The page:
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Raising & Lowering Systems | Weiwei Exhibition, Royal Academy of Arts

Raising & Lowering Systems | Weiwei Exhibition, Royal Academy of Arts


The Royal Academy of Arts, situated in the heart of London, is a place which most would class as an institution where art is made, exhibited and debated.

The Royal Academy of Arts, situated in the heart of London, is a place which most would class as an institution where art is made, exhibited and debated.

The diversity of the Academies exhibitions programme sets it apart. From ancient sculptures to modern-day masterpieces and large-scale installations. When major artist and cultural phenomenon Ai Weiwei was set to take over the main galleries with brave, provocative and visionary works, it was longstanding RAA partner Raising and Lowering Systems that were contacted to handle the installation of the centrepiece art installation in the main dome within the gallery.

Ai became widely known in Britain after his sunflower seeds installation in Tate Modern’s Turbine Hall in 2010 but this exhibition is the first major institutional survey of his work ever held in the UK and it bridges over two decades of his extraordinary career. Curated in collaboration with Ai Weiwei from his studio in Beijing, the RAA present some of his most important works from the time he returned to China from the US in 1993 right up to present day. Among new works created specifically for the RAA galleries and courtyard are a number of large-scale installations, as well as works showcasing everything from marble and steel to tea and glass.

Raising and Lowering (R & L) Systems specialist lighting hoists are typically installed as permanent fixtures and are usually situated in the roof voids of buildings. The electrically powered or manual lighting winch systems are operated at ground level, allowing the luminaire (typically a chandelier) to be mechanically raised and lowered making it accessible for cleaning and maintenance. In the case of the Weiwei exhibition, the same principal was applied, but no winches were permanently installed. The job of the R & L team was simply to use whatever systems were required to safely and efficiently install the centrepiece “Bicycle Chandelier” (pictured above) in the gallery in time for the opening of the exhibition on September 19th, 2015.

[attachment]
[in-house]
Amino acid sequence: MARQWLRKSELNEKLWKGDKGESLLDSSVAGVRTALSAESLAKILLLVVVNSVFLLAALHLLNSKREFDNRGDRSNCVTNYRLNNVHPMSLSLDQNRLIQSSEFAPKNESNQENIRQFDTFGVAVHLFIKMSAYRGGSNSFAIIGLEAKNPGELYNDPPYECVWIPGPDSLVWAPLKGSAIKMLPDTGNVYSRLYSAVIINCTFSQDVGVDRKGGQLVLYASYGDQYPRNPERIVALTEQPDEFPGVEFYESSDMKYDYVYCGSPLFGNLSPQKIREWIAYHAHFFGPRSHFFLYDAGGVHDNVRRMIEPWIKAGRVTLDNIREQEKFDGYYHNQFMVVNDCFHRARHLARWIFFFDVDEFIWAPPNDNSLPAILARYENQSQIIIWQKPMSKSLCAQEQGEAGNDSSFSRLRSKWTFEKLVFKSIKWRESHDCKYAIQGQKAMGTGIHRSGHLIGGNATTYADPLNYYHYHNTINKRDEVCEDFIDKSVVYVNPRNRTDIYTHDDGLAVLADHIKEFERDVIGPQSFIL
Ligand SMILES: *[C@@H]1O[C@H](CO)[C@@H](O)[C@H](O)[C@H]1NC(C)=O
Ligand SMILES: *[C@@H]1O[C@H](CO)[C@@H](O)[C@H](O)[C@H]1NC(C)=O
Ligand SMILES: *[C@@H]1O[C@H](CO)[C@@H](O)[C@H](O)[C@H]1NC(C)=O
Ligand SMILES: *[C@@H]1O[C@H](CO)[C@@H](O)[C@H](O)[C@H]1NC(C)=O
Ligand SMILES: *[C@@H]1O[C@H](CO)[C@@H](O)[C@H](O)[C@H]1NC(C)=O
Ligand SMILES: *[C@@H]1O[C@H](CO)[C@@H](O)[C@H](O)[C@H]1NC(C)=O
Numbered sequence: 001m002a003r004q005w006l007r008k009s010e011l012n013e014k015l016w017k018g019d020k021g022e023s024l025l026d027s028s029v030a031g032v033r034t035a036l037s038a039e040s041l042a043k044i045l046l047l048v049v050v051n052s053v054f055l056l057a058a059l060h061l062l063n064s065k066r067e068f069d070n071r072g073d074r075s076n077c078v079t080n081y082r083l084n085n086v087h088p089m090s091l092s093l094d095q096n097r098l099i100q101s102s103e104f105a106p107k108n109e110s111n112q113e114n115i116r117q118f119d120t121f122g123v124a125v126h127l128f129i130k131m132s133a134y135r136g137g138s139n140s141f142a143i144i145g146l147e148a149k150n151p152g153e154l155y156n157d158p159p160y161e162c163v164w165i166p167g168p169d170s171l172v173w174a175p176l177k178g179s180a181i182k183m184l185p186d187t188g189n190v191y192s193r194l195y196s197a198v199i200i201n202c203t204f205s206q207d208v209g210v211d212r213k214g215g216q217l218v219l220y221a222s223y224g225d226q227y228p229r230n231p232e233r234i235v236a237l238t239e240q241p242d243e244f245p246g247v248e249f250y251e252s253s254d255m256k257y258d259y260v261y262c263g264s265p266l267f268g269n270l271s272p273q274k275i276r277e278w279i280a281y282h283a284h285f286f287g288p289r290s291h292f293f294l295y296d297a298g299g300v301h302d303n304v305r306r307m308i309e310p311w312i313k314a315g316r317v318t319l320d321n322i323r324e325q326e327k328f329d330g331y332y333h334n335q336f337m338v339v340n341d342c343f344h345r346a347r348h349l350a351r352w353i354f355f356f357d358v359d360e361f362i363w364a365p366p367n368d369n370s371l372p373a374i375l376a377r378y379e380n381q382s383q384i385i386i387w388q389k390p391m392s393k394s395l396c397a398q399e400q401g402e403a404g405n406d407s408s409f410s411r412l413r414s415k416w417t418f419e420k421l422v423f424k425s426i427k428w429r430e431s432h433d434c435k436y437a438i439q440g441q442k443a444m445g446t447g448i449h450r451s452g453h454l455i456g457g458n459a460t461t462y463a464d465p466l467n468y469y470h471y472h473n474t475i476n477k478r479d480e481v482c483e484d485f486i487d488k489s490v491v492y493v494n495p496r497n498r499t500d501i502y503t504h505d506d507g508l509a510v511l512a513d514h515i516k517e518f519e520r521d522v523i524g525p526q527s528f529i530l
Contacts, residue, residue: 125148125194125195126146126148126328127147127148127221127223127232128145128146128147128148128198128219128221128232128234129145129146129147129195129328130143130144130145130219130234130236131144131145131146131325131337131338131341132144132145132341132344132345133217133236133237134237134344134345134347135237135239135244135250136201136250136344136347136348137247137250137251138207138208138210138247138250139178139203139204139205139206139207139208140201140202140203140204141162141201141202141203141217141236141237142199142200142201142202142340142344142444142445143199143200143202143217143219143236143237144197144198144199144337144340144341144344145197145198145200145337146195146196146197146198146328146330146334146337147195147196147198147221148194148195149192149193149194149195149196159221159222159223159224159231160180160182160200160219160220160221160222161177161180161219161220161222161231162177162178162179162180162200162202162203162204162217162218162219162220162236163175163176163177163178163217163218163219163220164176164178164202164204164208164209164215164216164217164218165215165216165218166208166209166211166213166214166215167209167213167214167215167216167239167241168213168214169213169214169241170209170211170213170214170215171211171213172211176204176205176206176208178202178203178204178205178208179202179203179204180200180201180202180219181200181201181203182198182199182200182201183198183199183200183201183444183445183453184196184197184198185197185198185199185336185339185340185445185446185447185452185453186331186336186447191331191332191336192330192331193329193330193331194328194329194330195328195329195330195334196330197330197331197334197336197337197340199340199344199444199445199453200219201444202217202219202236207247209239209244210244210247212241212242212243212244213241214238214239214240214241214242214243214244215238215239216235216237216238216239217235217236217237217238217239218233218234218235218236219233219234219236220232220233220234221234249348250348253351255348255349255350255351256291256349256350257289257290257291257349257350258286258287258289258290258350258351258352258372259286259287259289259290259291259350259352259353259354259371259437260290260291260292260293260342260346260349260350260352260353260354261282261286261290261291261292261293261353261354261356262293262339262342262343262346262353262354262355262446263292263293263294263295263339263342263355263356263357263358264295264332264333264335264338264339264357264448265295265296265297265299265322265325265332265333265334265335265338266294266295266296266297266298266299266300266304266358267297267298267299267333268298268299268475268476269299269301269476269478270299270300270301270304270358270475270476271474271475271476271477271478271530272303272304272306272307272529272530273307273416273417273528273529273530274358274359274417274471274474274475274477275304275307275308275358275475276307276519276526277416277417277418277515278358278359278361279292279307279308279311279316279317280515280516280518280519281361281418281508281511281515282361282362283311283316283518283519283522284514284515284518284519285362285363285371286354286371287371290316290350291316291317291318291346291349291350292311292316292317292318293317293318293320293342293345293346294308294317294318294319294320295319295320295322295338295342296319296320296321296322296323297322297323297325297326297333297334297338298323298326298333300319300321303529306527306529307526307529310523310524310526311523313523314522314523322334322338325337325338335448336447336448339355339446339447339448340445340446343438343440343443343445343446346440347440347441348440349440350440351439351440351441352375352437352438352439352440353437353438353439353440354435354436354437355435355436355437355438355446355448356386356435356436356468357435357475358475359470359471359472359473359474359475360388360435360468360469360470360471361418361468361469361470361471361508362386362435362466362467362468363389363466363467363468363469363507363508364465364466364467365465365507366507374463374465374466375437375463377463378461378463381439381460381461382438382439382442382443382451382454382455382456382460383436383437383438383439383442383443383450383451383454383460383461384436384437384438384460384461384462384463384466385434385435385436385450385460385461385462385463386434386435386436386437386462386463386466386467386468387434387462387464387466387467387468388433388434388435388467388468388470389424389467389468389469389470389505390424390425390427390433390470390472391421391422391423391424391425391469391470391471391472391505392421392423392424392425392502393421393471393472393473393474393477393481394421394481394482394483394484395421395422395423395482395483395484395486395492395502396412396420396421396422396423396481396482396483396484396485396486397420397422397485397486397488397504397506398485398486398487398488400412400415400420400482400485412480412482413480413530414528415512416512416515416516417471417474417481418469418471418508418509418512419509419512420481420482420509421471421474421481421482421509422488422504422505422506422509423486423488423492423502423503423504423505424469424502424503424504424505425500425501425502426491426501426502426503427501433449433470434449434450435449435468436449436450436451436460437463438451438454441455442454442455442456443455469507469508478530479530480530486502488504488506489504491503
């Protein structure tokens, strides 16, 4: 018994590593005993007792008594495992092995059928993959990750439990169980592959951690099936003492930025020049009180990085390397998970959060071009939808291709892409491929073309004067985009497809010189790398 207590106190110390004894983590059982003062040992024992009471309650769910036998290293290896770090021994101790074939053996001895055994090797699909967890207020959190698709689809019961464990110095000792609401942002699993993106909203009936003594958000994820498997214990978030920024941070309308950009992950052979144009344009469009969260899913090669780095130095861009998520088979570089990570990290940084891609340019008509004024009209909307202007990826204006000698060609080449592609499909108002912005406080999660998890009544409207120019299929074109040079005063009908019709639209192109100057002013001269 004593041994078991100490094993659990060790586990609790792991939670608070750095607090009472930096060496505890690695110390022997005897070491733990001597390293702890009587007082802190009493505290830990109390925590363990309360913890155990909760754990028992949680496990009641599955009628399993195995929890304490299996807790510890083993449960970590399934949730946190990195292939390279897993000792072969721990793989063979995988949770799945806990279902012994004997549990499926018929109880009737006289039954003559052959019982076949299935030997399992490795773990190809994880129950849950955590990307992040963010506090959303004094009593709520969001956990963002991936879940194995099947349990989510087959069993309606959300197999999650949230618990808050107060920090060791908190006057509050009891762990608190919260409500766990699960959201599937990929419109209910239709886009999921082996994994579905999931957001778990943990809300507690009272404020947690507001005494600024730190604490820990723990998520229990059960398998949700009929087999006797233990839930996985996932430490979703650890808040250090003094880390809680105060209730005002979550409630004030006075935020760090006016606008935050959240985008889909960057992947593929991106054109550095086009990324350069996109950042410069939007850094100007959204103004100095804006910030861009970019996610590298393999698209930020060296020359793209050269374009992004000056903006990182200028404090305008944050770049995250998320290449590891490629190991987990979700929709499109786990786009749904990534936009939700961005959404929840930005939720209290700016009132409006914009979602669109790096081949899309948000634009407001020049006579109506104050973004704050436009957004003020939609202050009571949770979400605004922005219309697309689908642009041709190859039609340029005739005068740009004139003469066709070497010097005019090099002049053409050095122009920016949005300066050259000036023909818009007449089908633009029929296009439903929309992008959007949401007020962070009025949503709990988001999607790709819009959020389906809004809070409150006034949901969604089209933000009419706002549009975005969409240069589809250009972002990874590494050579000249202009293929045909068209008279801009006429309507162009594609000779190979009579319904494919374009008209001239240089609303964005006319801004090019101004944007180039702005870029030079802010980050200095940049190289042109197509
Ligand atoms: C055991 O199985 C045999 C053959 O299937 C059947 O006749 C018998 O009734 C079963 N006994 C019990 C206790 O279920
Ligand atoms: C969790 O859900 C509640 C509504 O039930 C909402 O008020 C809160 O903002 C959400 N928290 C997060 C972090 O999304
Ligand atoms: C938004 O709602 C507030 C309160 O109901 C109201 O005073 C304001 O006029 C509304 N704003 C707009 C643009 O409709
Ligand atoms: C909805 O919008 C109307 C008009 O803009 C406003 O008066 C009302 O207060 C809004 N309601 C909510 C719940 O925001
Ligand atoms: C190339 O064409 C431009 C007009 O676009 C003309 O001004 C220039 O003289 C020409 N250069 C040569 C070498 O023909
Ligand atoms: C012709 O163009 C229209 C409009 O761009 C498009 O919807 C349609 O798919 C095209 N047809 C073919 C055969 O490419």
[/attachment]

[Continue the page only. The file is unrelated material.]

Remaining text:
The project was particularly complex as the team were working with large, heavy and sometimes irregular shaped pieces and had to work within the constraints of the large historic building. The photograph below shows the huge metal frame that the chandelier was suspended on.

The “Bicycle Chandelier”, which represents bicycles as humdrum symbols of Chinese daily life, is suspended in silver clusters to make a soaring luminaire in the main central dome of the RAA. Suspended from the ceiling by a series of support ropes attached to the metal frame, the chandeliers frame support ropes had to line up perfectly so that they passed through extremely small gaps in the ornate ceiling vent with a gap of only 10mm either side. The project was painstaking as every movement had to be exact, with no margin for error.

Following the installation of the work, a weight test had to be carried out in accordance with Lifting Operations and Lifting Equipment Regulations 1998 (LOLER).The R & L team used a chain hoist to carry out this test and certification was supplied to the RAA on completion of this work, giving them the relevant documentation and peace of mind that the installation had been carried out correctly and the chandelier was safely suspended.

The project was a success and the exhibition opened as planned on September 19th, 2015. The exhibition has since drawn attention worldwide and has had rave reviews. The Telegraph calling the exhibition 'immensely impressive' and The Times recently commenting “The work that you will see at the RA transcends the world of the gallery… This is an exhibition that reveals art’s greatest potential.” Raising & Lowering Systems have 17 complex electric multi-rope winch systems currently installed in the RAA galleries. The winch systems suspend the lighting frames used to illuminate the art on display. In addition to the installation of new systems, the team carry out statutory annual Thorough Examinations once every 12 months on all systems and have even moved an entire winch system from one gallery to another. A photograph of the winch system that was moved is shown above.

R& L Systems have been working with the RAA for over 35 years and this was without doubt one of the most interesting and challenging projects that the team have taken on to date. They were honoured to be part of such an extraordinary exhibition at a venue as prestigious as the RAA and look forward to their involvement in forthcoming projects.

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